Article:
by Linda Bestwick
My Cayuga duck was diagnosed with arthritis early in 2012 at the age of 6 years old. She was prescribed Metacam, commonly given to control pain and inflammation; with the warning it could damage her kidneys over time. No other options were available from the vet, so began my search for a safer alternative.
I found it in the form of Young Living copaiba essential oil. I discovered it can be used as a direct replacement for Metacam as it too can be used to control pain and inflammation, but without the side effects. I was given advice on its safe use and various application methods. Some worked for us, others didn’t. Beauty was taking the full dose of Metacam for her weight of 1.9kg when I began treatment with the copaiba. I started slowly introducing it in the mildest ways possible and then increasing the copaiba and decreasing the Metacam until she was comfortable on just the copaiba. It is relatively easy to recognise the discomfort levels of a lame duck if you have more than one. So I monitored her closely making sure she wasn’t in any extra pain as I made the switch. – Groups of ducks tend to do everything together; they will stay together, foraging and laying down together. A lame duck in acute pain will lie down more than the others and tend not to stick so closely with them, often being last to reach anywhere they are all going, or spending more time entirely on their own. They are also more likely to lie down while feeding. You want to avoid the excessive lying down as this can lead to further problems such as pressure sores.
My aim is always to provide enough relief to keep her on her feet as much as the others. I tried a few methods of application before I arrived at what works best for us. With all methods the copaiba was given in the smallest dose possible, diluted rather than neat and then increased slowly until the best dose was achieved. IE, the smallest dose that worked effectively.
Topical application: This was not an option for us as I don’t handle Beauty on a regular basis and it would quickly have become stressful for both of us. But the idea is to rub it directly onto the skin in the affected area once or twice a day.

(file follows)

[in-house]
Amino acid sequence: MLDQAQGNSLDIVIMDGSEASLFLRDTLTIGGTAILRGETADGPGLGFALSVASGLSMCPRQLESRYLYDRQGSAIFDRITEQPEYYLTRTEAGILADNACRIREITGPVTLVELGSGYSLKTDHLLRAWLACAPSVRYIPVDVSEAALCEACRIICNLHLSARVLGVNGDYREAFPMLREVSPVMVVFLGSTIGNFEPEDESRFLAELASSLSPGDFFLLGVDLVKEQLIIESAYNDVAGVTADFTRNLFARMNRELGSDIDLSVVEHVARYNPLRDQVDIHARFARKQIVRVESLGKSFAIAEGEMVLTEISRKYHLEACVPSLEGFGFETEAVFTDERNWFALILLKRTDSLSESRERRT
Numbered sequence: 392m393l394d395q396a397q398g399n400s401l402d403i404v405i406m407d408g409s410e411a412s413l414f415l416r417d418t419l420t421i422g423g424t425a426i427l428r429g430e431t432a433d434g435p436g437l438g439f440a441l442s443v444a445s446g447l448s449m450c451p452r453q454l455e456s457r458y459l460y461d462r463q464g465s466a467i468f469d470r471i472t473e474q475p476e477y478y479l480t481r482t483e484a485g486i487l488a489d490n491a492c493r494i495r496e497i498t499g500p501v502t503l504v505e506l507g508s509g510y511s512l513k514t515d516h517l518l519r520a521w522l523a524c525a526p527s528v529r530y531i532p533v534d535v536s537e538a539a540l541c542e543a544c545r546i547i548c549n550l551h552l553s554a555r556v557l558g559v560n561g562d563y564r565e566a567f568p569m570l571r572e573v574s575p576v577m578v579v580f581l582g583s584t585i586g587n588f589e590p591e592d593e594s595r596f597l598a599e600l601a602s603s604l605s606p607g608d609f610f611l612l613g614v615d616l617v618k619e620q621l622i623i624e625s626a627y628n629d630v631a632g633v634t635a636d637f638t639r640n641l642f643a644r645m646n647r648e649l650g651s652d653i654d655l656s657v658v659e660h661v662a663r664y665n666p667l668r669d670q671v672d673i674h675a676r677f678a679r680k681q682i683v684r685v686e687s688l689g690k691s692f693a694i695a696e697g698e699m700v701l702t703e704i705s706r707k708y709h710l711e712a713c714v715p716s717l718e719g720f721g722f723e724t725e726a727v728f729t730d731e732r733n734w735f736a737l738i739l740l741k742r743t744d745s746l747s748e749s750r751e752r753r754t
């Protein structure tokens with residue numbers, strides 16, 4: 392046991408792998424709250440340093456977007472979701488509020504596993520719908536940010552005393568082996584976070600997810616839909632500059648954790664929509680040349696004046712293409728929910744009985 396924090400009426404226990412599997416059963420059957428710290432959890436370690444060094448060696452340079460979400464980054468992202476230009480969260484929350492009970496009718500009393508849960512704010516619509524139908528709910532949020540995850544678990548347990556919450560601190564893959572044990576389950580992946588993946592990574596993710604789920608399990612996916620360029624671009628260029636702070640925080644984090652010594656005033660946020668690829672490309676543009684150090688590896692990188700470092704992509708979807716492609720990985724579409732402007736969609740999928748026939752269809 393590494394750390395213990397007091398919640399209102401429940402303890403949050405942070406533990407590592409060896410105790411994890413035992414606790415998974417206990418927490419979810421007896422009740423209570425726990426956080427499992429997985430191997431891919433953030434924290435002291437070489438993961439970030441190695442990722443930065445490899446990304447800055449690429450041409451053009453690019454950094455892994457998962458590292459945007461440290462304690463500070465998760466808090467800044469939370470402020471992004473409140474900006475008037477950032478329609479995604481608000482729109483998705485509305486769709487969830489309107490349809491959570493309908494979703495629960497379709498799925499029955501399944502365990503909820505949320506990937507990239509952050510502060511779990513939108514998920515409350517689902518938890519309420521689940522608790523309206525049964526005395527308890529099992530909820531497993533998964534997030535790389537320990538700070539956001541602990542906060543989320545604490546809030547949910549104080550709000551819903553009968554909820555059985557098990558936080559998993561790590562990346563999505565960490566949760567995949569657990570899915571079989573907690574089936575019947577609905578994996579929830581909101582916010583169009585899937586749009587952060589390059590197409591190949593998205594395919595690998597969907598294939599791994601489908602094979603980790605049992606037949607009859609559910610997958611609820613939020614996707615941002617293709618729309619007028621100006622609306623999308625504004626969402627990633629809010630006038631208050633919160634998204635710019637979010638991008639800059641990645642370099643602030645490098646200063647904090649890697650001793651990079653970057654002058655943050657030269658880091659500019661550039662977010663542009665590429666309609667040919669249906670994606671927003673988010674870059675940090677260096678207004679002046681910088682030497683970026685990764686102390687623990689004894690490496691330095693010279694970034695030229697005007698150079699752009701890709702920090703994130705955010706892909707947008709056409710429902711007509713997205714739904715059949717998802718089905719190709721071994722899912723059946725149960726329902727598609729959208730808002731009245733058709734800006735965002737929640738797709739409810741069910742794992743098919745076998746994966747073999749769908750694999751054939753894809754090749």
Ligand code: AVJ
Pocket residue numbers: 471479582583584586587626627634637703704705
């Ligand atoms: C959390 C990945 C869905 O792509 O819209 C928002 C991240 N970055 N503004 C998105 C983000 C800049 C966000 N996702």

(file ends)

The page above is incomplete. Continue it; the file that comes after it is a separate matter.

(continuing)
Misting: The copaiba is diluted in water in a misting bottle and sprayed onto the feathers once or twice a day. The idea is the duck ingests the copaiba as they preen. I tried this method, but outdoors the mist was frequently blown away from her and she was stressed by me trying to apply it anyway.
Diffusing: I found this method very successful during the earlier stages of her arthritis. My ducks are free ranging during the day but housed in a modified shed at night. So I set up the diffuser on a shelf and ran it during the night. She remained on this method for many months and I was able to stop the metacam completely during this time. I was using about 4 drops of copaiba and running the diffuser dry each night. In the confined space she was inhaling the mist and also getting it on her feathers which she would then ingest while preening. I did not separate the other ducks, so they all got the dose. But copaiba is so gentle it was not an issue. And they all seemed to enjoy it. At the very least they did not mind it at all.
Orally: After about 12 months of diffusing the copaiba, I noticed signs that Beauty’s discomfort was increasing so I decided to introduce it orally. I tried many ways of getting her to take it, but she hated the taste, so unlike the Metacam which I had just put on a little bread titbit, that was not going to work. Eventually I bought empty supplement capsules and put the copaiba inside them. I then used a little piece of doughy bread and moulded that around the capsule to hide it. This worked well, with her eating it like a treat. I increased the oral dose while decreasing the diffusing until she was only taking the copaiba orally. She was on one drop of copaiba orally per day for many months. I increased it to 2 drops when it became necessary. She did well on this dose for may be 12 months, again with only pros and no cons.
It has been about 3 years of treating her and she is still doing very well. She has had Metacam intermittently during that time, due to my circumstances not down to her or the copaiba though. We are now moving onto another stage and I am trying to get her used to the taste of it so I don’t have to use the capsules. I am mixing small amounts into a mash which she enjoys (left over whole food diet for parrots food!) and so far she is taking it without question, probably because I feed the other ducks their mash at the same time rather than separating them. As you can see in the photo she is rather grey with age now, but she is still just as mobile as my other ducks and doing very well. I hope sharing my experience will be helpful if you find yourself in a similar situation.
Best regards, Beauty and Linda.